CAPREOLUS, Helias. De confirmatione Christianae fidei. Brescia, Bernardinus de Misintis, 31 May 1497.
2 works, 4to, ff. 116; 8 (last blank); crisp, wide-margined copies, ownership inscription (Laurentius Terranova) in the first leaf of text, a few ink annotations; in 19th century quarter sheep, plum cloth boards, a little rubbed.
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De patientia aurei libri tres.
First edition of Mantuanus’s work containing -on recto of m3- a lengthy reference to America, one of the very few 15th century instances: a ‘mention of discoveries of islands in the Atlantic, noting their size and the fact that they are inhabited. Because none of the ancient geographers knew of them, the author assumes that they have only lately been discovered’ (Bell). The book also gives accounts of other discoveries in Africa and the far East. Conceived primarily as a Carmelite guide to meditation and spiritual exercises, Mantuanus’ work also explores physical well-being and medicine, with a long section on diseases with also discusses mental illness.
Bound with another rare incunable: the first appearance of Capreolus’ tract on the Christian faith. (3 copies in the US: Huntington, Yale and Seidman library; 2 in the UK: BL and Cardiff).
I: European Americana 497/1; GW 3304; Goff B76; Pell 1810; Polain (B) 486; IGI 1189; Bell B33; not in Harisse or Sabin.
II: Goff C127; HCR 4409; Pell 3233; CIBN C-66; Nice 67; IDL 1125; IBE 1430; IGI 2440; Madsen 1007; Šimáková-Vrchotka 522; Pr 7042; BMC VII 991; BSB-Ink C-100; GW 6031.
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KING’S IMPORTANT ACCOUNT OF BACK’S 1833-1835 ARCTIC EXPEDITION KING, Richard.
Narrative of a Journey to the Shores of the Arctic Ocean, in 1833, 1834, and 1835; under the Command of Capt. Back.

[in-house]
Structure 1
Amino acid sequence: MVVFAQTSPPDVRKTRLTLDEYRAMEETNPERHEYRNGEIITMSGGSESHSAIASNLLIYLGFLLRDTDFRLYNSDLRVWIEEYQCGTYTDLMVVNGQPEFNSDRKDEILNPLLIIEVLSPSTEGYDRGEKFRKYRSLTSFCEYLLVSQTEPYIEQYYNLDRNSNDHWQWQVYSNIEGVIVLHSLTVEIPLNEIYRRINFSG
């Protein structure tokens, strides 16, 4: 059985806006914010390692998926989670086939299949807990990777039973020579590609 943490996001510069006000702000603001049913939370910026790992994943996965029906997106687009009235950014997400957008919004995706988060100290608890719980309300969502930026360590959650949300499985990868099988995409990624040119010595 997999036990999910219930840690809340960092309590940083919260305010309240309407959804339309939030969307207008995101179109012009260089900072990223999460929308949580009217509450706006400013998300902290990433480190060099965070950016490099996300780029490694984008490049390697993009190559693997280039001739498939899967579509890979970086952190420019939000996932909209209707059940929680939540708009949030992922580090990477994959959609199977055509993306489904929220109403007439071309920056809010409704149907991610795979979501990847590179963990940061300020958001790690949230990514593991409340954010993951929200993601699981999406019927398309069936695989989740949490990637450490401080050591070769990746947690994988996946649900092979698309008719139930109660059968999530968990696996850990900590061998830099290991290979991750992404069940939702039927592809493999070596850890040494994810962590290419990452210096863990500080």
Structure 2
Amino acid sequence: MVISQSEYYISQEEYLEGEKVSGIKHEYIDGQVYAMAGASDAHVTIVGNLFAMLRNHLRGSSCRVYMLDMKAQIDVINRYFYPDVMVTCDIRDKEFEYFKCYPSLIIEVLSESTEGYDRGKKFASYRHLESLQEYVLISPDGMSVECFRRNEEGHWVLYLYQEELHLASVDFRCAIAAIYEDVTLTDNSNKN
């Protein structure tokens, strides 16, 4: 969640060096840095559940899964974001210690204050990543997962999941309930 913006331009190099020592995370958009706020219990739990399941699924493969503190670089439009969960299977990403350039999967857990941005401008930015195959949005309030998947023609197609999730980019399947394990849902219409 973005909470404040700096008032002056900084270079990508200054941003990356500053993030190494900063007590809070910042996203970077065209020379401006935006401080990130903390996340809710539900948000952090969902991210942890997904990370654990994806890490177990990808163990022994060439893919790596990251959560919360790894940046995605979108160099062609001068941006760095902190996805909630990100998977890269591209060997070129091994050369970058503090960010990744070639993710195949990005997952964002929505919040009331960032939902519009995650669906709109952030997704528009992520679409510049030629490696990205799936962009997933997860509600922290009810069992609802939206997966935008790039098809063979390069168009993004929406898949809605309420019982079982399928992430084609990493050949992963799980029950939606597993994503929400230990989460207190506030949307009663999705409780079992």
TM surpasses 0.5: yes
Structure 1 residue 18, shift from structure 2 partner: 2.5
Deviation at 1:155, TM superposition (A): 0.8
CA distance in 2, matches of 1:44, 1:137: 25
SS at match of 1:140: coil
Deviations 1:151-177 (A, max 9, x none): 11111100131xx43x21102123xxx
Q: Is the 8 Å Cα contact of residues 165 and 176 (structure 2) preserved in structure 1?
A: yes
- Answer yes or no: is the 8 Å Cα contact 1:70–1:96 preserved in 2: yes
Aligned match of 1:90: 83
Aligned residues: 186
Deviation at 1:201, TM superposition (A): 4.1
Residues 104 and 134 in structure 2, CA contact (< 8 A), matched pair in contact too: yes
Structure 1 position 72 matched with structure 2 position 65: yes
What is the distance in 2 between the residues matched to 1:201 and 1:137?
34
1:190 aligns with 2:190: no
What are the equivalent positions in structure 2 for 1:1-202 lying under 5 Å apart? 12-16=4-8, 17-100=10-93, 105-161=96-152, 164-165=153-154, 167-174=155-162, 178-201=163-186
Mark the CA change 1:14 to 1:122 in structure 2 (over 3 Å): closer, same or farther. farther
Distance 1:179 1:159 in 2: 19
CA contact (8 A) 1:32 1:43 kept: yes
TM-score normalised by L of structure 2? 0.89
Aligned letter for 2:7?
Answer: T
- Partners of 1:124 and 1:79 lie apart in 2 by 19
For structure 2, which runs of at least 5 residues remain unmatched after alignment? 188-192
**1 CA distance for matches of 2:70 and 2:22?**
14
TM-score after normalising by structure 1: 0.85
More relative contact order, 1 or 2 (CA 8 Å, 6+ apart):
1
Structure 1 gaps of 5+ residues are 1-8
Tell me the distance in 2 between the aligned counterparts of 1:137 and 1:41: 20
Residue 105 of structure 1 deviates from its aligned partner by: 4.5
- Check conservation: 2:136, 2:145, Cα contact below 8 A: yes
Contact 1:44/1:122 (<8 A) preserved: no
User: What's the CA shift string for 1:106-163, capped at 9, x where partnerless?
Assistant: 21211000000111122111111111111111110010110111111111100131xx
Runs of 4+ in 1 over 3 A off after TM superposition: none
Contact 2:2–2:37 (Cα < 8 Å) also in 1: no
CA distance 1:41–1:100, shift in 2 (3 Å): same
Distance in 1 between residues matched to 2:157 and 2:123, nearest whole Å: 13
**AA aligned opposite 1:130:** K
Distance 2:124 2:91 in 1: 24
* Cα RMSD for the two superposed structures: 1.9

First edition. The English naval officer and Arctic explorer Sir George Back (1795-1878) was a veteran of Sir John Franklin’s first two Arctic expeditions, and this experience led to his appointment to command an expedition to search for Sir John Ross, whose party searching for the Northwest Passage had vanished in 1829. Ross had taken supplies for three years, so his survival remained a possibility when Back sailed for North America in early 1833, accompanied by the surgeon and naturalist Richard King (1810/1811-1876), who was Back’s deputy. Their party, which departed Montreal in April 1833, explored Thlew-ee-Chow (the ‘Great Fish River’, later re-named ‘Back River’) and located its source, before overwintering at Fort Reliance; in the meanwhile, Ross, who, remarkably, had survived, sailed back to England in late 1833. Back was informed of Ross’ return by letter in April 1834, and instructed to travel to the extreme north-eastern coast of the continent, where he surveyed and explored uncharted areas. Although King was eager to journey further (which would have probably enabled the party to confirm that Boothia was a peninsula), Back wished to turn back, and in the spring of 1835 Back made his way to England via Montreal and New York, and King took command of the expedition, concluding its affairs in North America before returning in Back’s wake.